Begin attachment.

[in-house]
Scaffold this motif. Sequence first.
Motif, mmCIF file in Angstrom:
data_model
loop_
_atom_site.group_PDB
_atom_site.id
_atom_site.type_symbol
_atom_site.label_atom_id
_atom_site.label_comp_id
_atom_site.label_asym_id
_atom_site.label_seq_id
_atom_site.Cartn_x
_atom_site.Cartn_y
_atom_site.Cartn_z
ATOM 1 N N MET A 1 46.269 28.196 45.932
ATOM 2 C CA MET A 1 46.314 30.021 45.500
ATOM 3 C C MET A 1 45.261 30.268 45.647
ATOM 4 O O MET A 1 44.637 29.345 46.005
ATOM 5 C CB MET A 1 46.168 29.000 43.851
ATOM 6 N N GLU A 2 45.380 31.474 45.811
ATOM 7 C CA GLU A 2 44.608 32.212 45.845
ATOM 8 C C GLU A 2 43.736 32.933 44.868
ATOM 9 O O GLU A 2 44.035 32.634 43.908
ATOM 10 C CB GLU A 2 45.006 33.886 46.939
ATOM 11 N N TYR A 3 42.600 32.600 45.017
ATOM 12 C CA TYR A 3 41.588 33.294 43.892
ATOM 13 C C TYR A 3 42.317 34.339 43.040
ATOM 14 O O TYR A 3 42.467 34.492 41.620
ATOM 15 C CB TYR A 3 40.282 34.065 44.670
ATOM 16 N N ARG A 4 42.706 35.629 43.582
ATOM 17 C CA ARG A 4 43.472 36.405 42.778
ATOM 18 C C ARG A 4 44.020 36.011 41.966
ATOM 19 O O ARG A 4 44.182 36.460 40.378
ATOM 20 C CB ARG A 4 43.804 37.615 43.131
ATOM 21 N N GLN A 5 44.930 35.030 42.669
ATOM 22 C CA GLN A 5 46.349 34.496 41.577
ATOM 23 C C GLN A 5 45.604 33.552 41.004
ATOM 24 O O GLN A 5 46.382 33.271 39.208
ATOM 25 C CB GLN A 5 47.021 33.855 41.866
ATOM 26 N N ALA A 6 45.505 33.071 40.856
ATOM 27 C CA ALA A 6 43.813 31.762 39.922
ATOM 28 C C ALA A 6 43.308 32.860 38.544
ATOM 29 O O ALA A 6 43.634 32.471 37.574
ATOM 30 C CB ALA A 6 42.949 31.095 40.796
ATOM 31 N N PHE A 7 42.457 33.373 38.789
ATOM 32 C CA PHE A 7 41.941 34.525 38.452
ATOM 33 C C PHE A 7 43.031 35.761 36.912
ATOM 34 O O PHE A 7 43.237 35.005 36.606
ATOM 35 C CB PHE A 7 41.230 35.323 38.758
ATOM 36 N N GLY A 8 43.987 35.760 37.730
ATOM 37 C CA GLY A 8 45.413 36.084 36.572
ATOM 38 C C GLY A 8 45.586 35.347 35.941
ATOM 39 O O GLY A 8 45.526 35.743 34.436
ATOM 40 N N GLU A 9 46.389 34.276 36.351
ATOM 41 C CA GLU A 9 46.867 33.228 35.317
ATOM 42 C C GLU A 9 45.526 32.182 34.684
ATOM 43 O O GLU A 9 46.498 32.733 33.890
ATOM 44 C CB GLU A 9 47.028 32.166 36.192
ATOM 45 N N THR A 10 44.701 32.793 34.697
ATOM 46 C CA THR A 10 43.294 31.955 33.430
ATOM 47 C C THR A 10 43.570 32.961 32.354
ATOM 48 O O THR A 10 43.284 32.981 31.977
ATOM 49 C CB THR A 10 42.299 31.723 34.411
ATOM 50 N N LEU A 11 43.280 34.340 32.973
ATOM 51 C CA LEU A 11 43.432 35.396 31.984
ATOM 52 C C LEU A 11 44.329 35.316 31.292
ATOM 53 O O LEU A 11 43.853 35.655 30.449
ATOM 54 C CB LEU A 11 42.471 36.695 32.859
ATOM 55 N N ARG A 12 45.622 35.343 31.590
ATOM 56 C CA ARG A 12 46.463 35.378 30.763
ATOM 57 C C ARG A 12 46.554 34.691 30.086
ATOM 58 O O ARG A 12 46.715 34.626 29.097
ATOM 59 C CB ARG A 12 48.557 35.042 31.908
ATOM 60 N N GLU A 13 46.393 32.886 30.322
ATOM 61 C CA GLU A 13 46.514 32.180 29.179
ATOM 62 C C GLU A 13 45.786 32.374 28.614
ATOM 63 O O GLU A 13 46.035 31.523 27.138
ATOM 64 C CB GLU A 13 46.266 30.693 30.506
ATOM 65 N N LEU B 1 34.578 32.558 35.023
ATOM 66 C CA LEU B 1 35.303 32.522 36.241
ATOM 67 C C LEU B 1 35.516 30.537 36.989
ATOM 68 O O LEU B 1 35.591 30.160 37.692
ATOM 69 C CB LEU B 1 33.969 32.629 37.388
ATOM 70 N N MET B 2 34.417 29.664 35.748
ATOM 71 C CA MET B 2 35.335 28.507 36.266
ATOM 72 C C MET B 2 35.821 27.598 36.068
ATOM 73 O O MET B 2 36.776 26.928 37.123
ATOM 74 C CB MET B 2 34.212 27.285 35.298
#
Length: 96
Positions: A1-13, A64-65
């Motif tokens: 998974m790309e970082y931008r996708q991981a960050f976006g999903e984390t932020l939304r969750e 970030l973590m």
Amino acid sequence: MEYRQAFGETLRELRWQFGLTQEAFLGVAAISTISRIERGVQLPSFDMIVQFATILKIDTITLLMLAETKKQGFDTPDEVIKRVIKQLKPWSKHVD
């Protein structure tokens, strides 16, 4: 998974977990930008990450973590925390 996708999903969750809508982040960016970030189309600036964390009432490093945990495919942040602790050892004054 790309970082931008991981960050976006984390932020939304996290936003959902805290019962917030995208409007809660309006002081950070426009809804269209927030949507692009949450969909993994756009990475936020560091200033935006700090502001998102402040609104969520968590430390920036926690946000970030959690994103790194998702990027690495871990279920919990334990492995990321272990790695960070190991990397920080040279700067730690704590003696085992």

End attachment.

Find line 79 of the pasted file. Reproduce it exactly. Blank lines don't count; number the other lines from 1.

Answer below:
ATOM 64 C CB GLU A 13 46.266 30.693 30.506